Taiwan’s “Lantern village” has a train running through it

An unexpected road trip, with 2 local Taiwanese women,  ended at a lantern village that, surprisingly, had rail tracks running through the middle of the settlement.

Playing chicken for a photo

Here, daily, and at night time, people write wishes on paper lanterns, before releasing them into the sky in the hopes ancestors will answer their prayers.

It seems this ritual started during the Three Kingdoms period and were first to send military signals and, lighting these lanterns grew widespread during the mid-19th century when bandits often attacked these towns. So now, although once used as signals for villagers to let their families know they were safe, they now carry people’s wishes, dreams and hopes, skyward.

An annual lantern festival also takes place on the last day of the Lunar New Year but you can set off the lanterns any time of year.

There are many lantern colours and it seems the different hues have different meanings -from hoping for greater wealth and fame and fortune through to marital happiness and everything in between. Although I didn’t see them, there are also animal-shaped lanterns such as cats, monkeys and pandas.

“You can’t just let the lantern go, there’s a ritual to it and a meaning” I’m told. It seems you can even buy digital, electronic, lanterns for virtual prayers! (an environmentally-friendly version :))

For safety reasons, a shop worker lights the lanterns and controls the release – another safety measure is they now use soybean oil instead of kerosene.

To prevent the mountainside from being littered with lanterns, they have a recycling programme and residents can exchange used lanterns at shops for items like toilet paper or detergent.

WHOOPS

On rainy days, visitors can write their prayer on a piece of bamboo, which is hung along a fence in the village.

rainy day prayers

This was my first visit to Taiwan was fantastic and more stories will be written about it soon!

 

 

 

 

My blog topics to come

Here are just some of the stories I will be blogging about over the next few months – these are about my recent 5 weeks travelling in Hong Kong, Vietnam, Cambodia, and Taiwan, but there will also be other blogs about New Zealand and travel tips too.

are you leaving me again?

In no particular order here are some of my planned blogs:

  • Water puppets in Hanoi
  • Angkor Wat for my 2nd time
  • the Lantern Village
  • my fav noodle stand in  Taipei
  • staying in a mansion that many locals will not go near
  • travel and food
  • what does Visa on arrival really mean?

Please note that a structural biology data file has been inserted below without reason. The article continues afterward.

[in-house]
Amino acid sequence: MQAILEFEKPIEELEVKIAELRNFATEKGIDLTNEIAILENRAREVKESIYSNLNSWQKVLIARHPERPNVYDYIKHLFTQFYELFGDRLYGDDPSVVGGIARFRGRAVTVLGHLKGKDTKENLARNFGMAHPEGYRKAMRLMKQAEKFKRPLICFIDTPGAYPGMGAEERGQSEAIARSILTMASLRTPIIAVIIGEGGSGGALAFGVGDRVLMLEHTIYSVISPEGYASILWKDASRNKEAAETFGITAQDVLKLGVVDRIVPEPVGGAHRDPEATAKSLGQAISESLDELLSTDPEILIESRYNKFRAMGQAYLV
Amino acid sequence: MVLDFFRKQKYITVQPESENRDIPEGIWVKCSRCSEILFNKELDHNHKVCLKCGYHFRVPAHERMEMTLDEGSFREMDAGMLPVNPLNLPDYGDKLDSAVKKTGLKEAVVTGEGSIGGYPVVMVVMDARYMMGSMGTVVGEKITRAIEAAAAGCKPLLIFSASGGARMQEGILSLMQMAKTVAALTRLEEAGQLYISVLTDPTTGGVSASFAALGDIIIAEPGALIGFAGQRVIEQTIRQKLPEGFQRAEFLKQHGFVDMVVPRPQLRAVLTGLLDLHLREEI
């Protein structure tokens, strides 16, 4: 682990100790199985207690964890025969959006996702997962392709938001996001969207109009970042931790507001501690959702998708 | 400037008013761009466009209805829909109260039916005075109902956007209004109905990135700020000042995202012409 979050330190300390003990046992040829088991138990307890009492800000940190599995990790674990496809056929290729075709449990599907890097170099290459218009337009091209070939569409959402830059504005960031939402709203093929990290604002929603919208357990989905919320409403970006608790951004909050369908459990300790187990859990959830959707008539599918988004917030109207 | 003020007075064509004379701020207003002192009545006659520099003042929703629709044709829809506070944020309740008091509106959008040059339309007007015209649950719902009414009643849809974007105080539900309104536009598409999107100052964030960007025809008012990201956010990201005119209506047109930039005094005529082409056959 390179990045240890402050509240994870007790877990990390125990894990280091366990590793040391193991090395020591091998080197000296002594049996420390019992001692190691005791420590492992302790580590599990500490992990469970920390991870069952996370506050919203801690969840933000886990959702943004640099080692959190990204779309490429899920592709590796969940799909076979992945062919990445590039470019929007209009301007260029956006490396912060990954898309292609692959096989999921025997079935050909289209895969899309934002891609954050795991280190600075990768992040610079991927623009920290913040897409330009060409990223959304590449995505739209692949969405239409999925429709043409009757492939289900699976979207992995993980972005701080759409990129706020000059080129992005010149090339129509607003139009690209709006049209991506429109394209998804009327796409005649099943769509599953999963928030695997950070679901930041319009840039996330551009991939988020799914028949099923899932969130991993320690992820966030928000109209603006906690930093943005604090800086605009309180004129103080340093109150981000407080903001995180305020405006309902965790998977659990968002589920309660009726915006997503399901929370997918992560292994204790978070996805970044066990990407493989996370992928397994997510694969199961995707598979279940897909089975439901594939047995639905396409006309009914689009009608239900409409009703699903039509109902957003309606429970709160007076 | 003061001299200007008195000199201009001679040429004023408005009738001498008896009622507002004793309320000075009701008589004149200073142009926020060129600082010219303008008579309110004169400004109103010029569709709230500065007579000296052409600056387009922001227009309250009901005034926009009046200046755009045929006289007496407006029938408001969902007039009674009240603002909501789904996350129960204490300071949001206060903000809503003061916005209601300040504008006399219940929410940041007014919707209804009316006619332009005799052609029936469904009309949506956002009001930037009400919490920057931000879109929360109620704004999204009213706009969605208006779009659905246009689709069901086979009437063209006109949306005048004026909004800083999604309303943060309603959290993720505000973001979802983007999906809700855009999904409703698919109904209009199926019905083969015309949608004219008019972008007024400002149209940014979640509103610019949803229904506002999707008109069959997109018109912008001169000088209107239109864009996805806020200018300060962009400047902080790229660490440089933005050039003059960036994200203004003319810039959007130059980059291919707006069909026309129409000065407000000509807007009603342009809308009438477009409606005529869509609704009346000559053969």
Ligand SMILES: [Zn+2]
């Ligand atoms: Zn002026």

• Hong Kong and protests (FIRST ONE – in a day or two – as current)
  • travelling by train
  • a circus in Siam Reap
  • a train is scarily close
  • health issues when travelling
  • postcards and post offices are alive and well in parts of the world
  • money and borders
  • . . .  and many more 🙂

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How to pack for business and leisure – my Asian adventures

 

Packing for both business and pleasure is often seen as difficult – I solve the problem by using different packing cells for the 2 different parts. One for business, one for leisure.

One or 2 items may belong both bags, in this instance, it’s a white T-shirt that, once the 5-day business meeting is over, it will be moved into my leisure cell for the month-long exploration in SE Asia at cheap and cheerful destinations and accommodations.

My travel is in Southeast Asia, so will have the extreme heat of July and August, and I suspect, the over-cold meeting rooms in the hotel. This just seems to be what they do in Asia – overcompensating for the heat.

I’m taking 2 pieces of luggage, my trusty red suitcase in the hold, and a daypack no. The suitcase will be left behind in Hong Kong with all my business stuff in it, while the backpack will be my luggage for Taiwan, Cambodia, and Vietnam. My red suitcase will be about 10kg max. (22 lb) while my backpack will be under the regulation 7kg. (15lb). What

carry-on luggage

It’s always a treat to just have carry-on luggage when travelling – no waiting at the luggage carousel for my red case to appear. I will also use my backpack as my carry-on luggage when I leave New Zealand for Hong Kong. It will contain vital business papers, my camera and tablet, as well as medication, Kobo e-reader and phone.

So what are in those cells? Two trouser suits – a white one with 2 tops to wear with it, and a yellow one with the white T-shirt. So over the 5 days of work, I have 3 different outfits, so one will be repeated, and if I decide to, I could wear my black travel trousers with one of the tops. One pair of black shoes will accompany them all :-).

business clothes cell

All these will remain in HK storage when I leave for Vietnam, Cambodia then onto Taiwan, before returning to Hong Kong for a couple of days and pick up my red suitcase, and go home to New Zealand’s late winter weather – and where my daughter will meet me at the airport with a warm coat 🙂

My red leisure cell contains a long sundress, a loose pair of trousers, 3 tops and my trusty Teva’s while the blue one has underwear, swimming costume, and nightwear. So that’s how I pack for a combined trip that is both official and laid-back – very different needs clothes-wise

I hope this helps you keep your clothes to the minimum -after all, we don’t have to dress to impress when we’re on holiday, you will, mostly, see a person only once, so even if you are in the same clothes daily, most of them would not even notice. We, humans, are pretty self-centred and concentrate on ourselves.

 

I’m given a very small umbrella for sun protection
ready for the airport